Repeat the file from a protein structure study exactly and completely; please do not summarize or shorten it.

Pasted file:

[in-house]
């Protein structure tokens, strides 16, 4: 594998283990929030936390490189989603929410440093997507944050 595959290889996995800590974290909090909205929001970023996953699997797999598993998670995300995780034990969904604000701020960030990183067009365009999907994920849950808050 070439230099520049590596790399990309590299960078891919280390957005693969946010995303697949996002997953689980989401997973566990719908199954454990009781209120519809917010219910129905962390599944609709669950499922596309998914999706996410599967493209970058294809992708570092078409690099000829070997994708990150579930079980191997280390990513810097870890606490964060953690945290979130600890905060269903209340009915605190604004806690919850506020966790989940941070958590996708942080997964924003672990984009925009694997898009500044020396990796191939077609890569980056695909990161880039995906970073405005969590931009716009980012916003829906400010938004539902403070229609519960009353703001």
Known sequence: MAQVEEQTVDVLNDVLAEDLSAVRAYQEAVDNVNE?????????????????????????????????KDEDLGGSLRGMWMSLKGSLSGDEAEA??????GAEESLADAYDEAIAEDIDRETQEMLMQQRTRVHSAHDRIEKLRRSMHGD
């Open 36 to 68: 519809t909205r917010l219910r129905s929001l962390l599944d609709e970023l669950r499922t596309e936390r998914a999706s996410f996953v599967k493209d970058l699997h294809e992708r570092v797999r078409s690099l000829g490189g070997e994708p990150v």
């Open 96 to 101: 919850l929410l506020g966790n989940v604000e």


[in-house]
């Protein structure tokens, strides 16, 4: 594998283990929030936390490189989603929410440093997507944050 595959290889996995800590974290909090909205929001970023996953699997797999598993998670995300995780034990969904604000701020960030990183067009365009999907994920849950808050 070439230099520049590596790399990309590299960078891919280390957005693969946010995303697949996002997953689980989401997973566990719908199954454990009781209120519809917010219910129905962390599944609709669950499922596309998914999706996410599967493209970058294809992708570092078409690099000829070997994708990150579930079980191997280390990513810097870890606490964060953690945290979130600890905060269903209340009915605190604004806690919850506020966790989940941070958590996708942080997964924003672990984009925009694997898009500044020396990796191939077609890569980056695909990161880039995906970073405005969590931009716009980012916003829906400010938004539902403070229609519960009353703001």
Known sequence: MAQVEEQTVDVLNDVLAEDLSAVRAYQEAVDNVNE?????????????????????????????????KDEDLGGSLRGMWMSLKGSLSGDEAEA??????GAEESLADAYDEAIAEDIDRETQEMLMQQRTRVHSAHDRIEKLRRSMHGD
């Open 36 to 68: 519809t909205r917010l219910r129905s929001l962390l599944d609709e970023l669950r499922t596309e936390r998914a999706s996410f996953v599967k493209d970058l699997h294809e992708r570092v797999r078409s690099l000829g490189g070997e994708p990150v």
């Open 96 to 101: 919850l929410l506020g966790n989940v604000e």